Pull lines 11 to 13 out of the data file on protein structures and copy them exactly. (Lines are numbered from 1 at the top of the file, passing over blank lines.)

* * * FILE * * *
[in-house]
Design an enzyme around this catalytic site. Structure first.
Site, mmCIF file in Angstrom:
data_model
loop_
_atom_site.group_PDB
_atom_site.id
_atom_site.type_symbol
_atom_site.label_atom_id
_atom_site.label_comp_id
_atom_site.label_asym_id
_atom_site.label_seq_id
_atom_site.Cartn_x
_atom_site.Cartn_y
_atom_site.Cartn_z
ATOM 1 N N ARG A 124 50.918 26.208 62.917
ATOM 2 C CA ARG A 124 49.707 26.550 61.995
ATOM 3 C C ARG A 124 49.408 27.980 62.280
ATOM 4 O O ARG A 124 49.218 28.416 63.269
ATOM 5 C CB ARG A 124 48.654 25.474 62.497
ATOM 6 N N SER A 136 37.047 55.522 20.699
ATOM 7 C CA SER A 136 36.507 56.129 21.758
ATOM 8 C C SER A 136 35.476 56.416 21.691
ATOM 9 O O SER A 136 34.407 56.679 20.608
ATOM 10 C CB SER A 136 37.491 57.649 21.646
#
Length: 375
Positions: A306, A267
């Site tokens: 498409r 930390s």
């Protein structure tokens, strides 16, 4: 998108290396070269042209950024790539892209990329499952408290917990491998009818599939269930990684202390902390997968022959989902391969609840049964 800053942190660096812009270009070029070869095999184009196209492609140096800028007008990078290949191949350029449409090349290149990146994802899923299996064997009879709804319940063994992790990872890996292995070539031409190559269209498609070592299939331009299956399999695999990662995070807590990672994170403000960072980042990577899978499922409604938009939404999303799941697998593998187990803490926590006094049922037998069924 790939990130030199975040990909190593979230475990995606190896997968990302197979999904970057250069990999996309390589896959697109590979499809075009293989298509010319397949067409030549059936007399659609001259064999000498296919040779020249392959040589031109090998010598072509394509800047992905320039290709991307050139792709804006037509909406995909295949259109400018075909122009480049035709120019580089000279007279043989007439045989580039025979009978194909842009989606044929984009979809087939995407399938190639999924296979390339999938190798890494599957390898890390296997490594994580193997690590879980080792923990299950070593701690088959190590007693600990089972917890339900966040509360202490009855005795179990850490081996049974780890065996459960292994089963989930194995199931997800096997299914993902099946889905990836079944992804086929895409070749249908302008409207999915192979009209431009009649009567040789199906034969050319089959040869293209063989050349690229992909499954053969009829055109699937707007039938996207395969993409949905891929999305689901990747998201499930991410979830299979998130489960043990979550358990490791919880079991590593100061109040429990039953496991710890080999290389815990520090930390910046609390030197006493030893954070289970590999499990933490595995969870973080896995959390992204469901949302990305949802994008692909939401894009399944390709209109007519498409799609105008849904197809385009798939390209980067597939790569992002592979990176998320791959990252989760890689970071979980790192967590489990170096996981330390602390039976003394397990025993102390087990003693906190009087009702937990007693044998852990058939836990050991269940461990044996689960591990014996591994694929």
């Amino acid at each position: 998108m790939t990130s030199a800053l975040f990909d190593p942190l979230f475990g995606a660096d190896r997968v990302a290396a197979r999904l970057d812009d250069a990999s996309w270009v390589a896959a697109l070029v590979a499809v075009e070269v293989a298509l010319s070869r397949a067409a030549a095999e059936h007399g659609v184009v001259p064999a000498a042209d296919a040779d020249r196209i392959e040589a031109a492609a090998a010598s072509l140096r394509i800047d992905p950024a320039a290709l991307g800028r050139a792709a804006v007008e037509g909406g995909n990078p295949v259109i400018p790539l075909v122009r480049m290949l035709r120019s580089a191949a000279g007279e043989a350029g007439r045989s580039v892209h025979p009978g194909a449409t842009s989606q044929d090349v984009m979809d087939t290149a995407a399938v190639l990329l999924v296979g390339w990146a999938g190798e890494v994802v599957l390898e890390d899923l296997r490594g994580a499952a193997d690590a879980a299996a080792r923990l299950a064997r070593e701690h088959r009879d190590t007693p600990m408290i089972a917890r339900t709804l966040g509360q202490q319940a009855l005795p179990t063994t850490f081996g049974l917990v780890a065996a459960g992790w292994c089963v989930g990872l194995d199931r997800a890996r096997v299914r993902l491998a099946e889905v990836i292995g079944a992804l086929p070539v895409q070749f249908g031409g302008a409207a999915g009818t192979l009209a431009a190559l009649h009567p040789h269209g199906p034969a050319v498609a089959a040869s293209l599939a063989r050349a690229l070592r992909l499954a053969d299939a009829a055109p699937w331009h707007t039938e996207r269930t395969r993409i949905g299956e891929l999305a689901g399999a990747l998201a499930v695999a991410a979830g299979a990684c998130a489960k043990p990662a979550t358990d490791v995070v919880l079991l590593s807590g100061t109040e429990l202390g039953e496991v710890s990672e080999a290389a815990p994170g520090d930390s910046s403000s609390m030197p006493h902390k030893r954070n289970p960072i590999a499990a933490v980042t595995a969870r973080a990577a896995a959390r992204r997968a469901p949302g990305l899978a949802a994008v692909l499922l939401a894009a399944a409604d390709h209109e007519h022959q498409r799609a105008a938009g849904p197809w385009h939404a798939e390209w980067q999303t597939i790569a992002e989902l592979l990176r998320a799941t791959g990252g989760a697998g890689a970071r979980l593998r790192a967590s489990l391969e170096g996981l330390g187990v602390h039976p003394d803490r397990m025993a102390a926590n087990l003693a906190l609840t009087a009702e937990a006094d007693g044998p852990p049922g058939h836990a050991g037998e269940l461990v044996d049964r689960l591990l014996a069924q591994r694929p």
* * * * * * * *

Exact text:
_atom_site.label_asym_id
_atom_site.label_seq_id
_atom_site.Cartn_x